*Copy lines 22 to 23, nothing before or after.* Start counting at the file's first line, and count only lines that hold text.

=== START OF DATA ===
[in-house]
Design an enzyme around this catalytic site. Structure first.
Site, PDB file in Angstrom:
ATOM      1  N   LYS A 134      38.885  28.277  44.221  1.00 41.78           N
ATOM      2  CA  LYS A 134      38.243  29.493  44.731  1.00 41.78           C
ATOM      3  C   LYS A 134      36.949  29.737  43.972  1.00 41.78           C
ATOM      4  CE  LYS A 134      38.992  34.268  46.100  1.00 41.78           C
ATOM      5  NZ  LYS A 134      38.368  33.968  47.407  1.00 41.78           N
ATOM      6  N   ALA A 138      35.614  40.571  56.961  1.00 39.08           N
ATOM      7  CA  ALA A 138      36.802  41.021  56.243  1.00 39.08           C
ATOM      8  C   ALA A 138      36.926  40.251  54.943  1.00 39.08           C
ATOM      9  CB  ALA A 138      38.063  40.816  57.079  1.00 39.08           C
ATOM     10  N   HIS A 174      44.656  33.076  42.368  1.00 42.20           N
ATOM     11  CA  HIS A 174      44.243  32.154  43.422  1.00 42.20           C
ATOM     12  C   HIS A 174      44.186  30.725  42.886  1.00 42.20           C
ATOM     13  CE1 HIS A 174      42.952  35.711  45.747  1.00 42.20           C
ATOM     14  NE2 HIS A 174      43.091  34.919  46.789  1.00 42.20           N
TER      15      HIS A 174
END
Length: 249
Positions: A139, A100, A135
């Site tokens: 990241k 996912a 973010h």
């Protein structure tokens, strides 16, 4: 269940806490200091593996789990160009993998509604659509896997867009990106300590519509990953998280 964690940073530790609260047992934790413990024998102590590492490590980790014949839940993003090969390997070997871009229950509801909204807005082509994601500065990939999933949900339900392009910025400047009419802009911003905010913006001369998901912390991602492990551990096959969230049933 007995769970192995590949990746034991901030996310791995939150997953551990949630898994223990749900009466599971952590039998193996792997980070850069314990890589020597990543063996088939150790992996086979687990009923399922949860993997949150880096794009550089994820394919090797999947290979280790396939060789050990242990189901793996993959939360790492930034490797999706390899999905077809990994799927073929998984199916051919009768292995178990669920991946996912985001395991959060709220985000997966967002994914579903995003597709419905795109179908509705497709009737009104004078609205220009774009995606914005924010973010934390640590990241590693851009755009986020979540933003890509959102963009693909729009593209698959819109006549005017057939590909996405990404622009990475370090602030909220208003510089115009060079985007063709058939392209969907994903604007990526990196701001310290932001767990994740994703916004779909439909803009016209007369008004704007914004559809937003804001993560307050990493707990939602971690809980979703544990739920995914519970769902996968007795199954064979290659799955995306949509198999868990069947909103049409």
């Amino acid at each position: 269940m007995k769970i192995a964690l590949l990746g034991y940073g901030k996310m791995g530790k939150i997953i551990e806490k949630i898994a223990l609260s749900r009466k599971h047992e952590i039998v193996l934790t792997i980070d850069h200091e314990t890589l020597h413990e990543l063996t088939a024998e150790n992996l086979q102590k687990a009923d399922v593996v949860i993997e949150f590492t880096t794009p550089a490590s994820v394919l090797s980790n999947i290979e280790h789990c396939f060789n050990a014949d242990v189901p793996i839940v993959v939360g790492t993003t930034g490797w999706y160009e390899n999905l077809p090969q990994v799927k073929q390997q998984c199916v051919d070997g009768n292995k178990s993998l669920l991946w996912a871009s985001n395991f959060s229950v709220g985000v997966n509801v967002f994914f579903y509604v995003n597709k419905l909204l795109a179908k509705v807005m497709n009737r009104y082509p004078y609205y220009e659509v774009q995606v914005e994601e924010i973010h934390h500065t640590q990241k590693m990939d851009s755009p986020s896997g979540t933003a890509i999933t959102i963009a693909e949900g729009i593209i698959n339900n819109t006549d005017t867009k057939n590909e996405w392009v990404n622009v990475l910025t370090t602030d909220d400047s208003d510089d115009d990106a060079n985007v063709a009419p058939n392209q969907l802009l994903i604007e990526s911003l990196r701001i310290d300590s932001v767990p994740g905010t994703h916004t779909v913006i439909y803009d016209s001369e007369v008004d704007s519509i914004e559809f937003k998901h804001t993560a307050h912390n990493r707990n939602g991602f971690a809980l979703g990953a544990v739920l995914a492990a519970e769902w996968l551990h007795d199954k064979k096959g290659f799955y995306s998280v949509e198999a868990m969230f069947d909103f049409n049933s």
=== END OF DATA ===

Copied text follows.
């Site tokens: 990241k 996912a 973010h």
């Protein structure tokens, strides 16, 4: 269940806490200091593996789990160009993998509604659509896997867009990106300590519509990953998280 964690940073530790609260047992934790413990024998102590590492490590980790014949839940993003090969390997070997871009229950509801909204807005082509994601500065990939999933949900339900392009910025400047009419802009911003905010913006001369998901912390991602492990551990096959969230049933 007995769970192995590949990746034991901030996310791995939150997953551990949630898994223990749900009466599971952590039998193996792997980070850069314990890589020597990543063996088939150790992996086979687990009923399922949860993997949150880096794009550089994820394919090797999947290979280790396939060789050990242990189901793996993959939360790492930034490797999706390899999905077809990994799927073929998984199916051919009768292995178990669920991946996912985001395991959060709220985000997966967002994914579903995003597709419905795109179908509705497709009737009104004078609205220009774009995606914005924010973010934390640590990241590693851009755009986020979540933003890509959102963009693909729009593209698959819109006549005017057939590909996405990404622009990475370090602030909220208003510089115009060079985007063709058939392209969907994903604007990526990196701001310290932001767990994740994703916004779909439909803009016209007369008004704007914004559809937003804001993560307050990493707990939602971690809980979703544990739920995914519970769902996968007795199954064979290659799955995306949509198999868990069947909103049409």